Rob

  • By Steve, September 1, 2009 @ 2:46 pm

    I was about to say the same thing as Rob. I would rather have a big vacation every now and then than a latte (or another minor luxury) every day.

  • By Jack @ Master Your Card, September 1, 2009 @ 3:04 pm

    I think it’s heartening, too. But I wonder if it’s just like the hybrid cars thing – I think I remember reading that as soon as gas prices started going up again, people started eyeing those SUVs once more.

    Speaking of cars, it’s nice to see people holding off on the tropical getaway for awhile, but that Cash for Clunkers things went so fast it made my head spin. Sometimes I wonder if a brand new car (with a brand new auto loan and insurance policy) is really what someone who is down and out financially really needs…

  • By Kosmo @ The Casual Observer, September 1, 2009 @ 4:08 pm

    I agree with Rob and Steve. Certain small investments have a large impact on my life. I pay the huge sum of $15/yr for the ability to listen to MLB games over the internet (my team is out of market). In a good year, I’ll probably listen to 40 games (if I was single, it would be closer to 150 :)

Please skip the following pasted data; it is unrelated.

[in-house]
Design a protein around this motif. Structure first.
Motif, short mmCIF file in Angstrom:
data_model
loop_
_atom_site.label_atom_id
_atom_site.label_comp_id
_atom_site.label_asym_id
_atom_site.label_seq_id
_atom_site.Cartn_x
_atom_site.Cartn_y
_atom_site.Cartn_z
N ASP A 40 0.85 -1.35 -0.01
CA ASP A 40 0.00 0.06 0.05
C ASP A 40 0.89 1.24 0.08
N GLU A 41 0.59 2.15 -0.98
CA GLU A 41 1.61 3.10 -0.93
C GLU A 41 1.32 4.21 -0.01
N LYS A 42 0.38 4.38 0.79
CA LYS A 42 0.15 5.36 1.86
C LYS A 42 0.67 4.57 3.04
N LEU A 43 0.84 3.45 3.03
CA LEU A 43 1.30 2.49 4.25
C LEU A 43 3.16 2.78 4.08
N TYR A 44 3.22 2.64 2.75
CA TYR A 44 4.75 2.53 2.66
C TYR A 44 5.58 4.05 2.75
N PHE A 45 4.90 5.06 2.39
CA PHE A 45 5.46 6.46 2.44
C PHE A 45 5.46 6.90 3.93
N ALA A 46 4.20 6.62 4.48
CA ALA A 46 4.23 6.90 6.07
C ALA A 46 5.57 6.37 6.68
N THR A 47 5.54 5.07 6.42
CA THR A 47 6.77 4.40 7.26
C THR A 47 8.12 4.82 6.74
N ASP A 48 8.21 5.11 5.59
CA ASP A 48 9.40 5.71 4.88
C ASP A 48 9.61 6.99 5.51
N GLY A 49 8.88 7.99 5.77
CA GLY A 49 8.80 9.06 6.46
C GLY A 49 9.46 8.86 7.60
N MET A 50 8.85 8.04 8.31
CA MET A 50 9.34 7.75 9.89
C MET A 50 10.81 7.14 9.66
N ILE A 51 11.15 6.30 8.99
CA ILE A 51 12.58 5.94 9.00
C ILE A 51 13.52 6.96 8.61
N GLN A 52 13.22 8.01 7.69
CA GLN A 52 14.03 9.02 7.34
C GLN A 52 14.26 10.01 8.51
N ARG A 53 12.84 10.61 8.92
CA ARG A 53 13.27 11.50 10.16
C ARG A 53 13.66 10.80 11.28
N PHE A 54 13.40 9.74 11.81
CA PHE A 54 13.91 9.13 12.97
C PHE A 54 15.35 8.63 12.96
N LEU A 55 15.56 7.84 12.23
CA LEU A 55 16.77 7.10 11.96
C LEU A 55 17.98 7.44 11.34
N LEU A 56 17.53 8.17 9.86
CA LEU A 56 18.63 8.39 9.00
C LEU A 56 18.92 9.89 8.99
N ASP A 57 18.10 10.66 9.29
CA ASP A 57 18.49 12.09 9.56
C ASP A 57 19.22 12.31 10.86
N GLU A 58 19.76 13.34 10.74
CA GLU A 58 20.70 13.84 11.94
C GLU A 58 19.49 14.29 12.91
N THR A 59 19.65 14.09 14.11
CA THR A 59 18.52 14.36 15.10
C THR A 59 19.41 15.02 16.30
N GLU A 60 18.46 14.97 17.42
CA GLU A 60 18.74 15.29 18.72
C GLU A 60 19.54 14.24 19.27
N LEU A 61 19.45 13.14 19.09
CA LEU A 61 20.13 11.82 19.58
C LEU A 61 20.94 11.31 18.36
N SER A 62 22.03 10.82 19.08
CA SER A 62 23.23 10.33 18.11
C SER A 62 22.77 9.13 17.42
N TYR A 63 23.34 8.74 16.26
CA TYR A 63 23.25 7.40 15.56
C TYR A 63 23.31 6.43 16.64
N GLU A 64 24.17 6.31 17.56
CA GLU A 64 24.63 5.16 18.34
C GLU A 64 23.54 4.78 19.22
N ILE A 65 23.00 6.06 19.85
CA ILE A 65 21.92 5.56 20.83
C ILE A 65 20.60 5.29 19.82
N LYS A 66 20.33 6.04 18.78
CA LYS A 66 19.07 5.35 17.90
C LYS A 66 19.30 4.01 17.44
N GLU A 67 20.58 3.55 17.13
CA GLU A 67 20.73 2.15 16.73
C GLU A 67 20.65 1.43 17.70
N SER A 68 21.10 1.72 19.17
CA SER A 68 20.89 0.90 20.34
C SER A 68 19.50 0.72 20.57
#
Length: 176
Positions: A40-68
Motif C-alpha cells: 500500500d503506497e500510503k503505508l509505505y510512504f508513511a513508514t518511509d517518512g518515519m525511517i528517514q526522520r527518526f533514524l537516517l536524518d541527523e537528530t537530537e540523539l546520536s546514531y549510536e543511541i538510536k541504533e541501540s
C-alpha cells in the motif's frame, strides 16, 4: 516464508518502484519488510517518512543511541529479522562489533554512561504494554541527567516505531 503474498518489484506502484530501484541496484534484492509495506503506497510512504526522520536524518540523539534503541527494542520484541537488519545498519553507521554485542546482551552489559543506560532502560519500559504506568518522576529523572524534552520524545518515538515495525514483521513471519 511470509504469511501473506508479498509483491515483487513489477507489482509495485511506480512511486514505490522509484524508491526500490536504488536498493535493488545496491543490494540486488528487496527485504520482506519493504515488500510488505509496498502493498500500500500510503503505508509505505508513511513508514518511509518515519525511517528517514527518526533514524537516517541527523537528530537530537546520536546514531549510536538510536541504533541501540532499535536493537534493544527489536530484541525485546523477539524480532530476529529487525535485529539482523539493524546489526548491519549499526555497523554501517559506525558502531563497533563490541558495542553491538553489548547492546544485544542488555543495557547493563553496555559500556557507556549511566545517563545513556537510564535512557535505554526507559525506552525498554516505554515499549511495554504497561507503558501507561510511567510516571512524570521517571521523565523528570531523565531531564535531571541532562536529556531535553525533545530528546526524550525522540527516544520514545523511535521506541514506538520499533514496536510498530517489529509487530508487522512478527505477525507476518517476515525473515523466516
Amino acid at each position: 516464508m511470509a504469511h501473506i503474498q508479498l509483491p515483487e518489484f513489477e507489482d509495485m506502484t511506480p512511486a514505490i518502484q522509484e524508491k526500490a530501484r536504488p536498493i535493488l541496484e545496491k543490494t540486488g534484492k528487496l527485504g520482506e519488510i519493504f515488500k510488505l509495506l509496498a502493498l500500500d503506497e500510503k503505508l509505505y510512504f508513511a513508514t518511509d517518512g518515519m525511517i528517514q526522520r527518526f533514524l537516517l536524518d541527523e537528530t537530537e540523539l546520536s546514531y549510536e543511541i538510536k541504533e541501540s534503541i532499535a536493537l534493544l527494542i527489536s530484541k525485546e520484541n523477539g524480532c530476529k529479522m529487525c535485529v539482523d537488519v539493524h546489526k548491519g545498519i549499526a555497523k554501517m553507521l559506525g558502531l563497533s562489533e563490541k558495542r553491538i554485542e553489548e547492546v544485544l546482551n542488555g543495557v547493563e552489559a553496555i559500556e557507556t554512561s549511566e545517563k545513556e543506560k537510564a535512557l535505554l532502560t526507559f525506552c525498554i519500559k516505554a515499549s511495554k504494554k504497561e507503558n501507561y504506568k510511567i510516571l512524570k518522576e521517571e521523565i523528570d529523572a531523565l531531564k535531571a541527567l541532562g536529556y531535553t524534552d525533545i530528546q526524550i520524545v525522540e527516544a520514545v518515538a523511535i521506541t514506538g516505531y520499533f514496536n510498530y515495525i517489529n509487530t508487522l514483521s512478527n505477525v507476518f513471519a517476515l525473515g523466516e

This $15 is money very well spent. Other times, $15 has been spent on things that ended up having very little impact.

  • By Shogun @ Financial Samurai, September 1, 2009 @ 4:58 pm

    Car payments = the worst thing ever. Your euphoria peaks the week of receiving the car (straighline down with Time on the X axis), and your payments stay flat. The intersection for me is 6 months, but for others, it’s longer.

    Best investment?

    $75 pair of hiking boots.
    $600 full suspension bike.
    $500 Canon SLR camera.

    These items are relatively cheap, and have kept on giving for years!

    Shogun

  • By Kent @ The Financial Philosopher, September 2, 2009 @ 10:07 am

    This is an important discussion. Self-knowledge and self-awareness are the essence of prudent financial decisions.